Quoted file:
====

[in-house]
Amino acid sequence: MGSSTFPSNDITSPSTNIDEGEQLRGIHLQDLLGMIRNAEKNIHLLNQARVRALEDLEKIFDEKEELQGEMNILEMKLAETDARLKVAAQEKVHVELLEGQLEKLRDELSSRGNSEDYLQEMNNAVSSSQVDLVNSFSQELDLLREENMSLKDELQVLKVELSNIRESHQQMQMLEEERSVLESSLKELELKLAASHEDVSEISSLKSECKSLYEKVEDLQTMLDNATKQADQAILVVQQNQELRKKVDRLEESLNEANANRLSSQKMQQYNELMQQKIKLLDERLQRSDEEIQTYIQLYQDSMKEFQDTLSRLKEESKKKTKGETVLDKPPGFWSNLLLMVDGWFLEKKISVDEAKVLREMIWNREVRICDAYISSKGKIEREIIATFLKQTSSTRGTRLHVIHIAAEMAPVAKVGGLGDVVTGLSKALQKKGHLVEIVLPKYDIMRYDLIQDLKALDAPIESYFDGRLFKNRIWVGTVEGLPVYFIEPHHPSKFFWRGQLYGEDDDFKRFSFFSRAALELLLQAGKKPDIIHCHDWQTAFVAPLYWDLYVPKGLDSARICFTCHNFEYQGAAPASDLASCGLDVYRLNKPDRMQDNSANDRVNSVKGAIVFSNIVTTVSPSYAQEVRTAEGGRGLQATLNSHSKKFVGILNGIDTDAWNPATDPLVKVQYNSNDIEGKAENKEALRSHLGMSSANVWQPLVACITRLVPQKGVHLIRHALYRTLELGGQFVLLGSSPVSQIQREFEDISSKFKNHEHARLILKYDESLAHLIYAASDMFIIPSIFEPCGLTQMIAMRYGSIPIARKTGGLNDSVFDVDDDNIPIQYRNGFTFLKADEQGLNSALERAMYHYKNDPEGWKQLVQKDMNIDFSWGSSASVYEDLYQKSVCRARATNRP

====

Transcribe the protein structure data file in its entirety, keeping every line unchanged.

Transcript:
[in-house]
Amino acid sequence: MGSSTFPSNDITSPSTNIDEGEQLRGIHLQDLLGMIRNAEKNIHLLNQARVRALEDLEKIFDEKEELQGEMNILEMKLAETDARLKVAAQEKVHVELLEGQLEKLRDELSSRGNSEDYLQEMNNAVSSSQVDLVNSFSQELDLLREENMSLKDELQVLKVELSNIRESHQQMQMLEEERSVLESSLKELELKLAASHEDVSEISSLKSECKSLYEKVEDLQTMLDNATKQADQAILVVQQNQELRKKVDRLEESLNEANANRLSSQKMQQYNELMQQKIKLLDERLQRSDEEIQTYIQLYQDSMKEFQDTLSRLKEESKKKTKGETVLDKPPGFWSNLLLMVDGWFLEKKISVDEAKVLREMIWNREVRICDAYISSKGKIEREIIATFLKQTSSTRGTRLHVIHIAAEMAPVAKVGGLGDVVTGLSKALQKKGHLVEIVLPKYDIMRYDLIQDLKALDAPIESYFDGRLFKNRIWVGTVEGLPVYFIEPHHPSKFFWRGQLYGEDDDFKRFSFFSRAALELLLQAGKKPDIIHCHDWQTAFVAPLYWDLYVPKGLDSARICFTCHNFEYQGAAPASDLASCGLDVYRLNKPDRMQDNSANDRVNSVKGAIVFSNIVTTVSPSYAQEVRTAEGGRGLQATLNSHSKKFVGILNGIDTDAWNPATDPLVKVQYNSNDIEGKAENKEALRSHLGMSSANVWQPLVACITRLVPQKGVHLIRHALYRTLELGGQFVLLGSSPVSQIQREFEDISSKFKNHEHARLILKYDESLAHLIYAASDMFIIPSIFEPCGLTQMIAMRYGSIPIARKTGGLNDSVFDVDDDNIPIQYRNGFTFLKADEQGLNSALERAMYHYKNDPEGWKQLVQKDMNIDFSWGSSASVYEDLYQKSVCRARATNRP